What is Osteopathic Medicine?
Osteopathic medicine is a unique form of American medical care that was started in 1874 by Andrew Taylor Still, MD, DO. It focuses on preventive medicine, eating properly, keeping fit, and the unity of all body parts, noting that the musculoskeletal system is a key element of health. In addition to standard medical care, osteopathic physicians use their hands and medical knowledge to diagnose and provide manual treatment. Osteopathic physicians guide patients to take responsibility for and be active in their own care and well-being.
OMT requires a specially-trained physician to provide care with his/her hands to diagnose, treat, and prevent injury/illness and promote the body's natural tendency towards good health. Using OMT techniques, your physician will help restore balance and healthy function to the body by using a variety of unique, non-invasive methods described below. The primary goal of OMT is to relieve pain, optimize function, and correct neuromuscular skeletal dysfunction.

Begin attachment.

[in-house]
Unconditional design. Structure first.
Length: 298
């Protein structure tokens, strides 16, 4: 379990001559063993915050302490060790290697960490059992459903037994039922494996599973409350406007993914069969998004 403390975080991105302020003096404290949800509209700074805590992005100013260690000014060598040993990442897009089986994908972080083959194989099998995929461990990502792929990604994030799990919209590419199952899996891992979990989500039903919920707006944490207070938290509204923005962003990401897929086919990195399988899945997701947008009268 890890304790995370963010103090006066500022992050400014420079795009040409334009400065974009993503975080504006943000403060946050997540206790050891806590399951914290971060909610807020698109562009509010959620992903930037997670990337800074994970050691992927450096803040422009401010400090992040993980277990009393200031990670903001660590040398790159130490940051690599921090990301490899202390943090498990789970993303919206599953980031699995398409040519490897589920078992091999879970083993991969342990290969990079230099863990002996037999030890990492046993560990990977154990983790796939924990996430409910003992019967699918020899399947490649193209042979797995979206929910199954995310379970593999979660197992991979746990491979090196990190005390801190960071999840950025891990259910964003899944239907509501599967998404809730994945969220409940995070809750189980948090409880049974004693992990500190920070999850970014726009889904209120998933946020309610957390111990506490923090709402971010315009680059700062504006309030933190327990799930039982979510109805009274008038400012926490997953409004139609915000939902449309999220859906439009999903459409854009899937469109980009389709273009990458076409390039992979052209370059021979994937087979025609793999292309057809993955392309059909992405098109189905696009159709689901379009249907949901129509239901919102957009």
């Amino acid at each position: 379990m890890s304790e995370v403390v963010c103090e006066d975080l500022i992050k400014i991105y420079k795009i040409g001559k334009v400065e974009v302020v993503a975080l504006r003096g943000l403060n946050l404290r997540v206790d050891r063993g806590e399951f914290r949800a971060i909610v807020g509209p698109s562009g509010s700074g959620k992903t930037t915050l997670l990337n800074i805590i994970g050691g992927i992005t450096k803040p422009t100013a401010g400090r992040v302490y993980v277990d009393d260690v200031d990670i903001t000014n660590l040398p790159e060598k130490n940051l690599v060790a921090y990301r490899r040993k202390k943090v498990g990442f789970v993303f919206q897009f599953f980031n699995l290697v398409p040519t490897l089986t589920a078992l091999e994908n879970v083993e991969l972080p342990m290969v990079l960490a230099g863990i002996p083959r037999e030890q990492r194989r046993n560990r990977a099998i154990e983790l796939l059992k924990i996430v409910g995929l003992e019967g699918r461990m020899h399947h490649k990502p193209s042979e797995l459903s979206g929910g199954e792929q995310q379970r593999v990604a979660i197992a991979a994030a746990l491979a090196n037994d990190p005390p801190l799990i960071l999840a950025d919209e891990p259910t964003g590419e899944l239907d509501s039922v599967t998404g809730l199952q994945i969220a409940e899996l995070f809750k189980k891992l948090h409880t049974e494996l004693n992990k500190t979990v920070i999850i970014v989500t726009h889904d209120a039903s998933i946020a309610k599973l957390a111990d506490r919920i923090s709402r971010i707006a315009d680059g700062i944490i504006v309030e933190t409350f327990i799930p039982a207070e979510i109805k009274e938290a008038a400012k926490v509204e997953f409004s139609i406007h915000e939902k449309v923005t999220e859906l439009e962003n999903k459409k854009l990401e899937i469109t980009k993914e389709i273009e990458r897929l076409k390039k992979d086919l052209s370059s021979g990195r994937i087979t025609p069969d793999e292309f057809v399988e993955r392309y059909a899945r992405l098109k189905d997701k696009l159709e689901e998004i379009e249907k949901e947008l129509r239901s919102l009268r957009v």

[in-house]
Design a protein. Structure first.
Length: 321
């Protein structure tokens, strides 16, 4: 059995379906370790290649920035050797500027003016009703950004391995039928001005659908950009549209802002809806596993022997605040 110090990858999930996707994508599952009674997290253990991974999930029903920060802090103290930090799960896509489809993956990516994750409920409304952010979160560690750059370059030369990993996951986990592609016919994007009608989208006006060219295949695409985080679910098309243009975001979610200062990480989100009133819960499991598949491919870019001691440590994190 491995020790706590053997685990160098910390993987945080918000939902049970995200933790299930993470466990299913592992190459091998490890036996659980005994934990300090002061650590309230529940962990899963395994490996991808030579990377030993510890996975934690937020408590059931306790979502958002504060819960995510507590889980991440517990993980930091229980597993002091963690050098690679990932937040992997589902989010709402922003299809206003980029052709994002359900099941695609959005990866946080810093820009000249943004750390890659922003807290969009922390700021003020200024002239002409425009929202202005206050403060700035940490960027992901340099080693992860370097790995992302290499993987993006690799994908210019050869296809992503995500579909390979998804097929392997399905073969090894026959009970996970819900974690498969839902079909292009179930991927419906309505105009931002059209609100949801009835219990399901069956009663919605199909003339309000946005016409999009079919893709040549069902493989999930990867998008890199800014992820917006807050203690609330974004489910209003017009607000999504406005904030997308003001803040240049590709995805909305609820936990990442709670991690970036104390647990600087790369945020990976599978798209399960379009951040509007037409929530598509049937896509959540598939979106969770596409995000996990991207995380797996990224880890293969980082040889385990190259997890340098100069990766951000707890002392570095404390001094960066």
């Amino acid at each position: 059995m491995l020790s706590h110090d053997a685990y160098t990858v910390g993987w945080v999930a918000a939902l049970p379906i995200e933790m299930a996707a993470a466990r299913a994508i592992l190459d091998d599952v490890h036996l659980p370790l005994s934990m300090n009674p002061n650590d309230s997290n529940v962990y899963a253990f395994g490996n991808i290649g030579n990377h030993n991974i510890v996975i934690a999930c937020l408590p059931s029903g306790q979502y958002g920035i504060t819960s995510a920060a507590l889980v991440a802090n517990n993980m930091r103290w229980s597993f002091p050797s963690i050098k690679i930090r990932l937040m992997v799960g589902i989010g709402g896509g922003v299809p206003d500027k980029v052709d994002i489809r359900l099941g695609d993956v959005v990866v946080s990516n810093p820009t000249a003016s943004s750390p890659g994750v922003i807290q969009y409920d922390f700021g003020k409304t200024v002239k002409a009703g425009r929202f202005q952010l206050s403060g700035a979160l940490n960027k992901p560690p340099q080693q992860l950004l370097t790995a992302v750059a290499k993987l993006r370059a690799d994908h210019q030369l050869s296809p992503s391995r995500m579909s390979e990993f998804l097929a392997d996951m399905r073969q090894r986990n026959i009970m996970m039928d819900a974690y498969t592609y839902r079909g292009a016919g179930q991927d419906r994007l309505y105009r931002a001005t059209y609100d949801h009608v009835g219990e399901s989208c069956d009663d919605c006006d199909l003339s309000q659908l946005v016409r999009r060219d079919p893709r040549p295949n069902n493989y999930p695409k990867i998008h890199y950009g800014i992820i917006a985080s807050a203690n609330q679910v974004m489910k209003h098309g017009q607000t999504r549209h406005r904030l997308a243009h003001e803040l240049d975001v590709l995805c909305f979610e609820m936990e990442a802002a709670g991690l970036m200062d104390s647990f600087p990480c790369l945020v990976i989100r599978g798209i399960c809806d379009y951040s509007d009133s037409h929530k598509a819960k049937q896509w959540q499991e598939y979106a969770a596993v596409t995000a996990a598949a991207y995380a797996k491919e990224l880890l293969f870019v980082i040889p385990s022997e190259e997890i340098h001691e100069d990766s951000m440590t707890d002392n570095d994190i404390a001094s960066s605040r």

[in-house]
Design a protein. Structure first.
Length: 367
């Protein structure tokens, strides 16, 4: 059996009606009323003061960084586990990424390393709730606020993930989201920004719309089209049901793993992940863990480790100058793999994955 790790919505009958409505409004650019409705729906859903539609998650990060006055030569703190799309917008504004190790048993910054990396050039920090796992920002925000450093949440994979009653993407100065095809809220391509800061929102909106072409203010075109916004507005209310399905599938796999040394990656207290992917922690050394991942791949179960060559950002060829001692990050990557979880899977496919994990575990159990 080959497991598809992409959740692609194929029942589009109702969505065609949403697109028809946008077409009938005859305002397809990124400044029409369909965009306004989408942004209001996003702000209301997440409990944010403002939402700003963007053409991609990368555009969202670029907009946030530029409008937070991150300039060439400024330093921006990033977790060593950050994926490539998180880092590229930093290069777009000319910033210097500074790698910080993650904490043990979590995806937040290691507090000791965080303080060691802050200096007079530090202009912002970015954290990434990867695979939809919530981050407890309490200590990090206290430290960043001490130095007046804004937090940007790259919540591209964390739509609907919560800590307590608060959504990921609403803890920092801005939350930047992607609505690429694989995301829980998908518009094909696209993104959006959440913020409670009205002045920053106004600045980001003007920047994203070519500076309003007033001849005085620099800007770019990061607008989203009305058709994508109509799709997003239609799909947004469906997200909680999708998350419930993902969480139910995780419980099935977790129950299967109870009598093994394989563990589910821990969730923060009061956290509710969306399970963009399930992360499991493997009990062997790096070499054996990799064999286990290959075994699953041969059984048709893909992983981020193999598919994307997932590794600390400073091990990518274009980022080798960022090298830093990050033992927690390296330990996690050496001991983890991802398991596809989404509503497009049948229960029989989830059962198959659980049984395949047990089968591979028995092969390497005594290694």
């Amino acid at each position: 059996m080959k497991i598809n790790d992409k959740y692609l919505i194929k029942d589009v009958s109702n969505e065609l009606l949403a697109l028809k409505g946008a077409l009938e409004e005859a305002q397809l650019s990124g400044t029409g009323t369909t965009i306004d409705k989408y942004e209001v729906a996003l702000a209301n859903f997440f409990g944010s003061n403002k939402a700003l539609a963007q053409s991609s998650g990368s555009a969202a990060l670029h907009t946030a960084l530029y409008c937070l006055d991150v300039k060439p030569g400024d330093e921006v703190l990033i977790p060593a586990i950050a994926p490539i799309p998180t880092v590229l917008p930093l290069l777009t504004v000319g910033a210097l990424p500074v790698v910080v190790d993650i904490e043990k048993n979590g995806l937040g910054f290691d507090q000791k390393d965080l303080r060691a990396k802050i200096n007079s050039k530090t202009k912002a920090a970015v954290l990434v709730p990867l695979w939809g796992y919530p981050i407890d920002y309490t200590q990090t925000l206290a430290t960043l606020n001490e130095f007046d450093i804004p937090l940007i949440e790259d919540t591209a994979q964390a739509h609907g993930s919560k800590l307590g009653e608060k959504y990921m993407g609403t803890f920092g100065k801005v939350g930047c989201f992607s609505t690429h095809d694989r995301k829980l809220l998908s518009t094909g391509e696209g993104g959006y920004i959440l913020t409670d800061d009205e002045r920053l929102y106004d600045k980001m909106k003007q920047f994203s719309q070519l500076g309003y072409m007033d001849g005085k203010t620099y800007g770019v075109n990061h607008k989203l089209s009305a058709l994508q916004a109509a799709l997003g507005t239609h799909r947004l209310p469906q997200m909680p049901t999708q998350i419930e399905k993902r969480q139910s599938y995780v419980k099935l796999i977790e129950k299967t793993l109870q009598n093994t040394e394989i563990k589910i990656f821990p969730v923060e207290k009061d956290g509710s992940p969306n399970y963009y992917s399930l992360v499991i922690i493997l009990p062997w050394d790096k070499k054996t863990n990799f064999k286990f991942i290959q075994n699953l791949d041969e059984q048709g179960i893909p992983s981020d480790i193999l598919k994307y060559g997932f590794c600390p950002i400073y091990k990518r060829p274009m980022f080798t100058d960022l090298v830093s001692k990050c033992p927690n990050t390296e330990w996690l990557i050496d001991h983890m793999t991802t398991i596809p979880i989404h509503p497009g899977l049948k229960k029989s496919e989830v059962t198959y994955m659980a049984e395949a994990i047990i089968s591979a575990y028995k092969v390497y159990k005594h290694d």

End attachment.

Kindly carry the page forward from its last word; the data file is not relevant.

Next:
- Soft tissue technique - This approach applies pressure to the muscle area around the spine. It consists of rhythmic stretching, deep pressure and traction.
- Muscle energy technique - The patient is directed to use his or her muscles from a precise position and in a specific direction against a gentle counterforce applied by the physician.
- Thrust technique - This approach uses high velocity forces to restore motion to a joint in order to reduce or eliminate the signs of tissue changes, asymmetry, restricted movement, and tenderness. This is the "cracking" technique of manipulation.
- Counterstrain technique - The patient is moved away from a position of restricted motion to one of greater comfort. This technique is good for an acute injury.
- Trigger Point Injection (TPI) - This approach applies pressure to the muscle area around the spine. It consists of rhythmic stretching, deep pressure, and traction.
- Nerve Block Injections - This is an injection of anesthetic to decrease the pain signals of the affected nerve. Nerve blocks treat neuropathic pain and often help patients manage their symptoms.
- Joint Injections - This is utilized for delivery of local anesthetics when appropriate for pain relief and may include corticosteroids for suppression of inflammation.